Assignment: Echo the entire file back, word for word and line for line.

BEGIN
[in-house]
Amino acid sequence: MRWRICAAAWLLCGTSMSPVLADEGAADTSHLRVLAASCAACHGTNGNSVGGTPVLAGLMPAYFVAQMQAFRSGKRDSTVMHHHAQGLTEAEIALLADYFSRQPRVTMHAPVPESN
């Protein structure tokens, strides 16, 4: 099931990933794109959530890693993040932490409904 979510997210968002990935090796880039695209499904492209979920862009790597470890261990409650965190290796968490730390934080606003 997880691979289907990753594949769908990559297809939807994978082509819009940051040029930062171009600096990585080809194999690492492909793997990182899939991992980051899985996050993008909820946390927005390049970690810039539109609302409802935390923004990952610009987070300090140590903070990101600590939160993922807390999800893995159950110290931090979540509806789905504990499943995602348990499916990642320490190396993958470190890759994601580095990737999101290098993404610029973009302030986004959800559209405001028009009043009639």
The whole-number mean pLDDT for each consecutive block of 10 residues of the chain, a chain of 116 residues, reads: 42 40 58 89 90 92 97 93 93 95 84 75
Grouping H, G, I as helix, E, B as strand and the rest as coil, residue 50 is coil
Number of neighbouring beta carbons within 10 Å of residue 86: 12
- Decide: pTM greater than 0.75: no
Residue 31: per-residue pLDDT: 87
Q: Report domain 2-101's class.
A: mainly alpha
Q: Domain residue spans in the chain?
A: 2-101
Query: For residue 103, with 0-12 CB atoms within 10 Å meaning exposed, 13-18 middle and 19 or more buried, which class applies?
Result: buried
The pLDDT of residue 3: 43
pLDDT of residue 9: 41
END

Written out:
[in-house]
Amino acid sequence: MRWRICAAAWLLCGTSMSPVLADEGAADTSHLRVLAASCAACHGTNGNSVGGTPVLAGLMPAYFVAQMQAFRSGKRDSTVMHHHAQGLTEAEIALLADYFSRQPRVTMHAPVPESN
């Protein structure tokens, strides 16, 4: 099931990933794109959530890693993040932490409904 979510997210968002990935090796880039695209499904492209979920862009790597470890261990409650965190290796968490730390934080606003 997880691979289907990753594949769908990559297809939807994978082509819009940051040029930062171009600096990585080809194999690492492909793997990182899939991992980051899985996050993008909820946390927005390049970690810039539109609302409802935390923004990952610009987070300090140590903070990101600590939160993922807390999800893995159950110290931090979540509806789905504990499943995602348990499916990642320490190396993958470190890759994601580095990737999101290098993404610029973009302030986004959800559209405001028009009043009639």
The whole-number mean pLDDT for each consecutive block of 10 residues of the chain, a chain of 116 residues, reads: 42 40 58 89 90 92 97 93 93 95 84 75
Grouping H, G, I as helix, E, B as strand and the rest as coil, residue 50 is coil
Number of neighbouring beta carbons within 10 Å of residue 86: 12
- Decide: pTM greater than 0.75: no
Residue 31: per-residue pLDDT: 87
Q: Report domain 2-101's class.
A: mainly alpha
Q: Domain residue spans in the chain?
A: 2-101
Query: For residue 103, with 0-12 CB atoms within 10 Å meaning exposed, 13-18 middle and 19 or more buried, which class applies?
Result: buried
The pLDDT of residue 3: 43
pLDDT of residue 9: 41